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Posted at 3:07 PM ET, 02/ 3/2011

Updated: Va. legislators accepted more than $255,000 in gifts last year

By Anita Kumar
Anita Kumar

Lobbyists, companies and trade associations gave Virginia legislators international trips, tickets to Redskins football games and the Richmond Ballet and meals last year, according to the Virginia Public Access Project, a nonpartisan tracker of money in politics.

Virginia Uranium, a company that is lobbying to mine what is thought to be the largest deposit of uranium in the United States, took four legislators to France. The American Turkish Friendship Association took 12 legislators, most accompanied by spouses, to Turkey. Three legislators got a trip to Taiwan, and one a jaunt to China.

In all, the 140 members of the General Assembly accepted 588 gifts worth $255,223, according to data released Thursday. That's up from $250,000 in 2009.

Many of the gifts were offered during last year's 60-day legislative session, when donors often lobby lawmakers after treating them to dinners, receptions and goody bags.

Many of last year's gifts came from the state's largest and most influential companies and groups.

Top givers by amount were American Turkish Friendship Association ($36,650); Virginia Uranium, ($27,489); Dominion Resources, which runs the largest electric company in the state ($22,673); the American Legislative Exchange Council, a pro-business, free-market group that ghostwrites bills on a variety on subjects that are pushed by its members ($16,764); and Virginia Public Safety Alliance ($16,422). Their most common gift, especially during the legislative session, was a meal at some of Richmond's priciest restaurants.

The top five recipients were: Sen. William C. Wampler Jr. (R-Bristol) $17,593.69; Sen. John C. Watkins (R-Chesterfield) $12,764.80; Del. R. Lee Ware Jr. (R-Powhatan) $10,362.92; Del. Riley E. Ingram (R-Hopewell) $10,028.13; and Del. Thomas A. "Tag" Greason (R-Loudoun) $9,860.95.

Eight legislators reported 10 or more gifts; 17 reported none.

In Congress, lawmakers imposed a limit on gifts after a public corruption scandal involving lobbyist Jack Abramoff. Similar policies were put in place in Maryland in 2001 after two high-profile scandals there.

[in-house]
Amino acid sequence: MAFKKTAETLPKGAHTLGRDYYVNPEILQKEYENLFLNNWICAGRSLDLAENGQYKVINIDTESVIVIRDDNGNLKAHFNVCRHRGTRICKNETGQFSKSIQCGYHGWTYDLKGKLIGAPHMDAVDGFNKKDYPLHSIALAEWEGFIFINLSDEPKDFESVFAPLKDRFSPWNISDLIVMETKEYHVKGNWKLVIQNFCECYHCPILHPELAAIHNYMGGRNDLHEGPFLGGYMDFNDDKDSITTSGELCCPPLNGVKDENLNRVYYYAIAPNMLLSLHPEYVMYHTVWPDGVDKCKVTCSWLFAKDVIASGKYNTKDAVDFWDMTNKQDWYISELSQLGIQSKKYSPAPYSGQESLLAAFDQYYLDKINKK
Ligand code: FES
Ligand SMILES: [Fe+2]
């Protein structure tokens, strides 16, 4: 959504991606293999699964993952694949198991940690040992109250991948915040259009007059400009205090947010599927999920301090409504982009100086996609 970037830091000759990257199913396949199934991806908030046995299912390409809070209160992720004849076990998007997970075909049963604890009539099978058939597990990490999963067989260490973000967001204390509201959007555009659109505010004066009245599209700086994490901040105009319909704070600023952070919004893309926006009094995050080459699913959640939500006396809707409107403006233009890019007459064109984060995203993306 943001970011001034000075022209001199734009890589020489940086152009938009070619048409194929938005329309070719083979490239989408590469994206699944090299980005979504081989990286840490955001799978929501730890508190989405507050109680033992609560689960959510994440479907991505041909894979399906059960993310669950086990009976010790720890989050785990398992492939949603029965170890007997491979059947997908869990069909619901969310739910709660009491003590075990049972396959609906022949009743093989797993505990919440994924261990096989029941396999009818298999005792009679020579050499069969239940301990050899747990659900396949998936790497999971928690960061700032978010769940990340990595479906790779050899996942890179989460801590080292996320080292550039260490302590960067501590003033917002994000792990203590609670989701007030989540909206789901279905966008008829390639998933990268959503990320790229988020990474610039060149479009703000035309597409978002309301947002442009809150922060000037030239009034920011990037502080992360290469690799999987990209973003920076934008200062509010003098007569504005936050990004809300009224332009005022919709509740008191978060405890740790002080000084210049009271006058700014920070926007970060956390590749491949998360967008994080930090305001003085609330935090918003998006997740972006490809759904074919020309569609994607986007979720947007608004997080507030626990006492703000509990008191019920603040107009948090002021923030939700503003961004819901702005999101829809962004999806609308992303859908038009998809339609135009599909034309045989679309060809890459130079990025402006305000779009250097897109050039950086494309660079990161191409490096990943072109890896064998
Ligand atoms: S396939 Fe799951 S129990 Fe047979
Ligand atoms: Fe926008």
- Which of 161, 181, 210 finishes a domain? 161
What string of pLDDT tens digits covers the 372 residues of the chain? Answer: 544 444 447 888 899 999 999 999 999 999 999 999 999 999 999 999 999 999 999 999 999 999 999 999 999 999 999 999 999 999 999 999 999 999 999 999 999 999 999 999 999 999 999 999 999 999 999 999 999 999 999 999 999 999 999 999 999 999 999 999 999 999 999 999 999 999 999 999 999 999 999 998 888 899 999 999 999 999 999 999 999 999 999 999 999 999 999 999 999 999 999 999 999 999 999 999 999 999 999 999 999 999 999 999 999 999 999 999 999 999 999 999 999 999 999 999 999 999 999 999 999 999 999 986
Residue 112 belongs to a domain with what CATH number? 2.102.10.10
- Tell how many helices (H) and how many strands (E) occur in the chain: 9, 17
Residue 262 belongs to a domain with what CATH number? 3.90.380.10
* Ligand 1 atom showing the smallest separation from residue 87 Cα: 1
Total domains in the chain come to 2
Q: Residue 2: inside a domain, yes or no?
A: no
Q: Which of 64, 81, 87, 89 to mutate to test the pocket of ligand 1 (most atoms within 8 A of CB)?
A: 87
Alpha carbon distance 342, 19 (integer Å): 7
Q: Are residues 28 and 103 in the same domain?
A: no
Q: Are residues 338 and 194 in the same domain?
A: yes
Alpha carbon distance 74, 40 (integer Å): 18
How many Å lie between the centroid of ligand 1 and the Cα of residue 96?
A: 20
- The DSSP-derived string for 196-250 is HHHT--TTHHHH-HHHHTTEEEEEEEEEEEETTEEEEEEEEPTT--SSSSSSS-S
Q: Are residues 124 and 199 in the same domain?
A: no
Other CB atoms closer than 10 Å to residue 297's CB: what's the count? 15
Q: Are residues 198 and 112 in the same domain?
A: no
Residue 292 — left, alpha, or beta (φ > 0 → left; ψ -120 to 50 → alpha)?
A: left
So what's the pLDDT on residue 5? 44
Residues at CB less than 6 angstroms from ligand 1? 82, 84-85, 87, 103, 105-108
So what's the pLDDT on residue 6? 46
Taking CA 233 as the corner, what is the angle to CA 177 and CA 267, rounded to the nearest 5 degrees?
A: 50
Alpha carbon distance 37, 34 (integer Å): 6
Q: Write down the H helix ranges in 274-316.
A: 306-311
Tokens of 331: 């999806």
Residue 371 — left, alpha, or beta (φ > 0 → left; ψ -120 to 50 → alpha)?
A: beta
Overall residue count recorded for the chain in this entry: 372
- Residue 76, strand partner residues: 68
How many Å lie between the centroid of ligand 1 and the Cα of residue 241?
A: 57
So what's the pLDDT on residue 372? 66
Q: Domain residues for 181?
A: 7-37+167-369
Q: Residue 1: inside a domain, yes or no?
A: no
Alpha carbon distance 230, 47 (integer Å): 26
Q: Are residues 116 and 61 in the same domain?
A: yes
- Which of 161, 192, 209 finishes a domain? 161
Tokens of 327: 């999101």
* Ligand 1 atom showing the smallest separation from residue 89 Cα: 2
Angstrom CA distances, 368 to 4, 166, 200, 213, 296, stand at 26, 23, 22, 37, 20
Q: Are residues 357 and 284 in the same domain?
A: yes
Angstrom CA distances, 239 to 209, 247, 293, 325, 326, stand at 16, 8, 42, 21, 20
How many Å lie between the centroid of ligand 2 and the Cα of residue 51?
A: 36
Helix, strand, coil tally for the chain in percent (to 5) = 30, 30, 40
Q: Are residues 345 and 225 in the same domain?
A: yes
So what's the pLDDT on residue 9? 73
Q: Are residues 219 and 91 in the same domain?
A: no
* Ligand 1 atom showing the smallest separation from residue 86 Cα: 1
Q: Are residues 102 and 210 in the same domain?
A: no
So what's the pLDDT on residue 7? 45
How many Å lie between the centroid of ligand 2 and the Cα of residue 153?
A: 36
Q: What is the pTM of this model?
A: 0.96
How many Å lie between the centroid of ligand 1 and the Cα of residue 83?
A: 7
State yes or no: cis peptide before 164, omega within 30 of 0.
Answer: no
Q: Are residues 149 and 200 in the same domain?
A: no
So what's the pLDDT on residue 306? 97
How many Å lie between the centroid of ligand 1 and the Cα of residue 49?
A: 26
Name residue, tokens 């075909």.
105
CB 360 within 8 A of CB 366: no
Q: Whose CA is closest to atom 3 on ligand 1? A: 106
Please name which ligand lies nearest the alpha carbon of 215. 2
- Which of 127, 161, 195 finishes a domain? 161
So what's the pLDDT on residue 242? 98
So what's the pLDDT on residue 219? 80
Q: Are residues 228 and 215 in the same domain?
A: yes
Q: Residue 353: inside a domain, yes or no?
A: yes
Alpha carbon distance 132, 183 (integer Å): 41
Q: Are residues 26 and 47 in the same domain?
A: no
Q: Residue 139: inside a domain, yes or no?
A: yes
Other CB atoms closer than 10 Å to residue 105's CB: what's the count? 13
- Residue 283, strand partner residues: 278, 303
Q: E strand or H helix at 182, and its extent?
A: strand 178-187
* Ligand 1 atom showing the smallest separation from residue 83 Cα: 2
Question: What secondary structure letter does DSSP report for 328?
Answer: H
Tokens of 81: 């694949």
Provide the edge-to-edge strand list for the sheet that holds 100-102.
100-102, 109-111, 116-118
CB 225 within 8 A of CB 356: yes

In Virginia, lawmakers have toughened disclosure requirements but have not limited gifts.

State law does not limit the gifts lawmakers can receive, but it requires that items valued at more than $50 be disclosed.

This post has been updated to reflect the correct group that paid for the trip to Turkey.

By Anita Kumar  | February 3, 2011; 3:07 PM ET
Categories:  Anita Kumar, General Assembly 2011, House of Delegates, State Senate  
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Corruption at its finest.

When do they all go to jail and lose their positions?

Posted by: mikefromArlington | February 3, 2011 4:07 PM | Report abuse

I think each of them should pay back to the state the value of all gifts received over $500 in a year.

Posted by: MarilynManson | February 4, 2011 8:52 AM | Report abuse

Doesn't this tell much of the story in Virginia?

"The top five recipients were: Sen. William C. Wampler Jr. (R-Bristol) $17,593.69; Sen. John C. Watkins (R-Chesterfield) $12,764.80; Del. R. Lee Ware Jr. (R-Powhatan) $10,362.92; Del. Riley E. Ingram (R-Hopewell) $10,028.13; and Del. Thomas A. "Tag" Greason (R-Loudoun) $9,860.95."

Which party's delegates get the most loot from the lobbyists?

Posted by: DrDemocracy | February 4, 2011 9:19 AM | Report abuse

Which party's delegates get the most loot from the lobbyists? Posted by: DrDemocracy

It doens't matter which party gets the most loot, what matters is how the recipients voted and if those votes benefited their constituents.

If the legislators are in the lobbyists pockets and voting for issues that are self-benefiting, they deserve to be ousted.

I'm especially interested in learning how lobbyist paid trips to France, Turkey, Taiwan, and China benefit the commonwealth.

Perhaps Anita could do a follow-up and tell the good tax payers of Virginia what Virginia's interests are in these countries (yeah, like for sure - that would require journalistic skills)

Posted by: asmith1 | February 4, 2011 9:25 AM | Report abuse

Outlaw all gifts. There is no reason for them.

Posted by: jckdoors | February 4, 2011 10:29 AM | Report abuse

HA,HA,HA,HA.....and aren't these the same folks who fuss and fume so medical clinics now can't even get a crappy pen or note pad from a pharmacy company?!
Lets see these politicians put the same restrictions on themselves as they do others!!

Posted by: 10bestfan | February 4, 2011 11:08 AM | Report abuse

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